No. 11-60564 representation of Langston in the Wilson/DeLaughter case and Farese’s representation of Zach Scruggs in the Jones/Lackey case. On January 9, 2008, Zach Scruggs fired Farese as his lawyer. A few weeks later, the Government filed a notice informing the court that it intended to introduce similar acts evidence at trial pursuant to Rule 404(b) of the Federal Rules of Evidence. The information that the Government provided to defense counsel at that point indicated only that the Government intended to offer evidence of Richard Scruggs’s participation in the scheme with Langston to bribe Judge DeLaughter. The defendants then filed a joint motion in limine to exclude the Government’s Rule 404(b) evidence. Before a motions hearing in the Jones/Lackey case on February 21, 2008, one of the prosecutors spoke with Langston in a witness room at the courthouse for a few seconds, asking, “Did Zach know?” Thinking that the prosecutor was asking whether Zach Scruggs knew that Langston and Richard Scruggs had hired the lawyer Ed Peters in Wilson v. Scruggs, Langston replied, “Yes.” During the motions hearing, the Government suggested that Langston was “prepared to testify that Zach Scruggs was fully aware of what was going on in the [Wilson/DeLaughter] case.” Later in the same hearing, the Government softened that assertion, explaining that it had become “aware of some evidence that might indicate that Zach Scruggs might have some knowledge of the back door attempt to influence Judge DeLaughter.” Five days later, the district court denied the joint motion in limine to exclude the Rule 404(b) evidence. On March 19, Zach Scruggs filed a new motion to exclude extrinsic evidence pursuant to Rule 404(b), arguing that the proffered evidence was irrelevant to and not probative of intent. The court scheduled a hearing on the motion for March 21. However, no hearing on the motion was held. Instead, in exchange for dismissal of all charges in the original indictment, Zach Scruggs pleaded guilty to a one-count information charging him with misprision of a 8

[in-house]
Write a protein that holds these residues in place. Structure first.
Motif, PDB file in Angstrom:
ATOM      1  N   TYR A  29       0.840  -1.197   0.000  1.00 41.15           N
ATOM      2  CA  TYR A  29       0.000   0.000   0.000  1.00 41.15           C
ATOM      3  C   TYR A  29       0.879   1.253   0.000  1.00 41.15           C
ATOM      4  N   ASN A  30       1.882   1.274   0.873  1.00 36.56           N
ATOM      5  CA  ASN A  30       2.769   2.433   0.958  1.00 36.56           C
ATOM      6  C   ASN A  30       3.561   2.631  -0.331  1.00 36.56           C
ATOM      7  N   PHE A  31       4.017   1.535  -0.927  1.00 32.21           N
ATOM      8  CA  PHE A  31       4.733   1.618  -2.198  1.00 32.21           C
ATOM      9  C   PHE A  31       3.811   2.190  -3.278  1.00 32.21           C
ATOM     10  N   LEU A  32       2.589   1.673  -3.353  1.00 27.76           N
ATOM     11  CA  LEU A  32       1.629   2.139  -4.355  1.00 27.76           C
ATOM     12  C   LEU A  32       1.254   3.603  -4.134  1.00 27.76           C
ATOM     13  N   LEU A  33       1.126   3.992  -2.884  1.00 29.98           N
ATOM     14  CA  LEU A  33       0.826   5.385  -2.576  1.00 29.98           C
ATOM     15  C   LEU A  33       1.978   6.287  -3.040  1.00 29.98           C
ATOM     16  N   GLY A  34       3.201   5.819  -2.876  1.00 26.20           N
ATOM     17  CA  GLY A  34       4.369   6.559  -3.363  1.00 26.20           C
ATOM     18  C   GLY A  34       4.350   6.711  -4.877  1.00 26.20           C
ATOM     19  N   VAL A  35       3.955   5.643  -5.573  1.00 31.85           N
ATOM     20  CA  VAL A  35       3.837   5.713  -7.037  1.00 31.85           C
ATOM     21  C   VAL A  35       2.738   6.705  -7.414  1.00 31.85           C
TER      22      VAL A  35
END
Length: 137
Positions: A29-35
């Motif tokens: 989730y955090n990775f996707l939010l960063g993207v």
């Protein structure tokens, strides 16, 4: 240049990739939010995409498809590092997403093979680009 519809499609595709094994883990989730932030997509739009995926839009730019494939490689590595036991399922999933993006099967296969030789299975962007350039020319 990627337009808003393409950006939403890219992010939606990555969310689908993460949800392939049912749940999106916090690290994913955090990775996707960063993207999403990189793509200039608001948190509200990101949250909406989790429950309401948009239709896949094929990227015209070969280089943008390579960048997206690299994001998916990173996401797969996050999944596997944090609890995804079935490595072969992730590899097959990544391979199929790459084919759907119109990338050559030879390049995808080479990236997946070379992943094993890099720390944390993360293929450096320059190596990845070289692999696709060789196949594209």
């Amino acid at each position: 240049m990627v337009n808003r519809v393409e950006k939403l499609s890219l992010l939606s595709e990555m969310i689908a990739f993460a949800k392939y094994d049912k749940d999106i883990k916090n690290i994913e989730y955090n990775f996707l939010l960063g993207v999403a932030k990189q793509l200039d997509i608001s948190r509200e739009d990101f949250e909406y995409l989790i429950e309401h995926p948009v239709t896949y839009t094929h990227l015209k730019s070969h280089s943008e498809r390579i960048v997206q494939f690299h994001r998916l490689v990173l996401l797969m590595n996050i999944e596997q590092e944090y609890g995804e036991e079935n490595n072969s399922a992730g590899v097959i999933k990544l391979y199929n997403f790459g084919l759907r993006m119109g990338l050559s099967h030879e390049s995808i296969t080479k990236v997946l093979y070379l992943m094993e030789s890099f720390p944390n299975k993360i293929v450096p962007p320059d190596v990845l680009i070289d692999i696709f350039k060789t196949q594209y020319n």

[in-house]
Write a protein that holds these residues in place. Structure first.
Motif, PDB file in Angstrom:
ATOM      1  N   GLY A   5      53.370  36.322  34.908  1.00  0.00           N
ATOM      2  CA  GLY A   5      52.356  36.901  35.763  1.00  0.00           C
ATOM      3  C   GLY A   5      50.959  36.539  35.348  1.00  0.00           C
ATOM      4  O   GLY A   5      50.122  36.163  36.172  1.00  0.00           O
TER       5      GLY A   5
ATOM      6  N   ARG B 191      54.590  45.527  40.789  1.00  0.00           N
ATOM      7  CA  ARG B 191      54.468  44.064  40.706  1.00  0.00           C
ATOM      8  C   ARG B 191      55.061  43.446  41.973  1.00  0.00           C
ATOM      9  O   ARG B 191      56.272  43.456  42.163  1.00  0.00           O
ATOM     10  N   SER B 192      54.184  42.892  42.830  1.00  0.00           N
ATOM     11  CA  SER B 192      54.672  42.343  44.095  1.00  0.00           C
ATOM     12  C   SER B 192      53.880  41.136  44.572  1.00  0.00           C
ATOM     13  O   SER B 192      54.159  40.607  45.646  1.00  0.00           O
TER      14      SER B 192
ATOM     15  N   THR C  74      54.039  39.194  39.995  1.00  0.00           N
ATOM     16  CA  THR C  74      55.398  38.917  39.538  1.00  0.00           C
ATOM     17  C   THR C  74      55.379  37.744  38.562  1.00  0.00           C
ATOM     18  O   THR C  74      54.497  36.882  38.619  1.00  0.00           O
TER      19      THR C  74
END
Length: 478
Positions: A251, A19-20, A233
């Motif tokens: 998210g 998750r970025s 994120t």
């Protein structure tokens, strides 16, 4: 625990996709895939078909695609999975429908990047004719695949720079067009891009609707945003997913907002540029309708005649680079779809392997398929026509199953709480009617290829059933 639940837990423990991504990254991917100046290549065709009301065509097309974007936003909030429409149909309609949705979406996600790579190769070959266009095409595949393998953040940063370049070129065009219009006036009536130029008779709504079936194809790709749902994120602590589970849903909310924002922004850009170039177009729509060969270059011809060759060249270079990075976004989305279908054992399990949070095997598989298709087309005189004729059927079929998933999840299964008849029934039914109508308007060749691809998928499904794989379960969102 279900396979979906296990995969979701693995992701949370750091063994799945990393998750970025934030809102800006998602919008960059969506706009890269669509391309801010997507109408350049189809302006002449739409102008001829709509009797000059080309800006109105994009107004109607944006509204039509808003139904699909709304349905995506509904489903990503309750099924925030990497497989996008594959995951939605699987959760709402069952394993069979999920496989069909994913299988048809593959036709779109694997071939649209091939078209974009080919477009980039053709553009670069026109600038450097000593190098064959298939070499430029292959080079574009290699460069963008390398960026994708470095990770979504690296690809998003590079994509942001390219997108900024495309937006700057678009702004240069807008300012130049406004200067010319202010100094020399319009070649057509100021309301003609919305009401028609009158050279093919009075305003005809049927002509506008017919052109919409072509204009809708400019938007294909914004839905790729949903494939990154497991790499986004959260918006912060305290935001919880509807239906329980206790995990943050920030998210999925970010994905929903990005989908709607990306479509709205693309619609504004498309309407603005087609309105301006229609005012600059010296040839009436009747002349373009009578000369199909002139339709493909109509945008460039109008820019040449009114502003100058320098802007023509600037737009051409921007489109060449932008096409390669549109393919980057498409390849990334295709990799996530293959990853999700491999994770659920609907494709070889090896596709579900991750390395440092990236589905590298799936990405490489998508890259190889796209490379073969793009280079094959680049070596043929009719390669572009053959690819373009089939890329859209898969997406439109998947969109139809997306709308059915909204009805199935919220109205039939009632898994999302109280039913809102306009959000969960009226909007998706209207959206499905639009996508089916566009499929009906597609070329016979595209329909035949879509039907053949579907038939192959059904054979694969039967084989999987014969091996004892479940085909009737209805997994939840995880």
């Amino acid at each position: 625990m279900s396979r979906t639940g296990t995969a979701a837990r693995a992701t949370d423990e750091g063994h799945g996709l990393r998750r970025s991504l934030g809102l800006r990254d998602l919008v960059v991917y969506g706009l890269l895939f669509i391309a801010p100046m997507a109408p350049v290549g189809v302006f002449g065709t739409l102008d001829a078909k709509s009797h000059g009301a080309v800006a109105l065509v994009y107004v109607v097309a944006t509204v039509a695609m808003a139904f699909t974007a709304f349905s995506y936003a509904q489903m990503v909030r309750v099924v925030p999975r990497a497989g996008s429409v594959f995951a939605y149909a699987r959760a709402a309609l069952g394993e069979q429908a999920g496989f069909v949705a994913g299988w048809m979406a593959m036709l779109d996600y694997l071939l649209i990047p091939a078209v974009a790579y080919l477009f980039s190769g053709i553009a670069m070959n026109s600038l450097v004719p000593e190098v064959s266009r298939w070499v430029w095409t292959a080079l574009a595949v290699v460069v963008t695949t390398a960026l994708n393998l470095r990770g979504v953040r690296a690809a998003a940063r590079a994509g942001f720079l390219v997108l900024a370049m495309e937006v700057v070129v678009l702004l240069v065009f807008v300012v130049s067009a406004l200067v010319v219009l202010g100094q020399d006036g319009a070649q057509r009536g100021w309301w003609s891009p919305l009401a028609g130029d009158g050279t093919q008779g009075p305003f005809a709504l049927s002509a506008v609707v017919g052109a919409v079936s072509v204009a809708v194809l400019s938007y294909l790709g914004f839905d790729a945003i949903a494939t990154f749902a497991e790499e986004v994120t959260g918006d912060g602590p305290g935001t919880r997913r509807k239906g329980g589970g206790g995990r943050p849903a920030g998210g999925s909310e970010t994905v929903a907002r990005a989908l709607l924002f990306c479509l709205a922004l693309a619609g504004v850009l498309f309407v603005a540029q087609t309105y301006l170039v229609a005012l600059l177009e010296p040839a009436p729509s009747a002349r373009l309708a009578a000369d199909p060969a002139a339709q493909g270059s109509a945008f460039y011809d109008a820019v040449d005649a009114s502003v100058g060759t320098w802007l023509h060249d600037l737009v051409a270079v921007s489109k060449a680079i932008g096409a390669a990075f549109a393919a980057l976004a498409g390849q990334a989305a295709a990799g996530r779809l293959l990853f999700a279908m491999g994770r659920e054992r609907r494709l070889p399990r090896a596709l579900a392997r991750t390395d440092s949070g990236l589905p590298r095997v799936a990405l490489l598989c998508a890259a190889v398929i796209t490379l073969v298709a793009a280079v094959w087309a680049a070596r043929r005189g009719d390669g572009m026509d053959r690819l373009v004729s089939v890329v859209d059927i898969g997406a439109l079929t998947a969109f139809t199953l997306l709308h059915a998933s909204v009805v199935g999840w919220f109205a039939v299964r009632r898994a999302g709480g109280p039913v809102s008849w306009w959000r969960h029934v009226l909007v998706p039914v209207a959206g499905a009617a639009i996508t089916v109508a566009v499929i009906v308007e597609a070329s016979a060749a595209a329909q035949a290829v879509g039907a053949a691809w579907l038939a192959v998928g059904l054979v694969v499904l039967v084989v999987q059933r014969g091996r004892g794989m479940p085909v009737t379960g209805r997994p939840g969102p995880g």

No. 11-60564 felony in violation of 18 U.S.C. § 4. By that time, the other defendants had pleaded guilty to Count One of the original indictment, which charged a conspiracy to bribe Judge Lackey. The district court sentenced Zach Scruggs to a term of fourteen months imprisonment and one year of supervised release. Scruggs did not file a direct appeal. II. Section 2255 relief may be afforded if the movant’s sentence “was imposed in violation of the Constitution or laws of the United States, or [if] the court was without jurisdiction to impose such sentence, or [if] the sentence was in excess of the maximum authorized by law, or is otherwise subject to collateral attack.”7 Review under § 2255 ordinarily is limited to questions of constitutional or jurisdictional magnitude.8 If a § 2255 movant failed to raise a claim on direct appeal, he may not raise it on collateral review unless he shows cause and prejudice or that he is actually innocent.9 We review the district court’s legal conclusions de novo and its factual findings for clear error.10 III. The district court certified only three issues for appeal, and Scruggs has not moved this court to expand the COA. Nonetheless, Scruggs opens his brief with a new, fourth claim, arguing that, under Skilling, the district court lacked subject matter jurisdiction to accept his guilty plea. This claim was neither included in Scruggs’s § 2255 motion nor argued in his memorandum in support


28 U.S.C. § 2255(a).

See United States v. Timmreck, 441 U.S. 780, 783-84 (1979); United States v. Willis, 273 F.3d 592, 595 (5th Cir. 2001).


See Bousley v. United States, 523 U.S. 614, 622 (1998). United States v. Rivas-Lopez, 678 F.3d 353, 356 (5th Cir. 2012).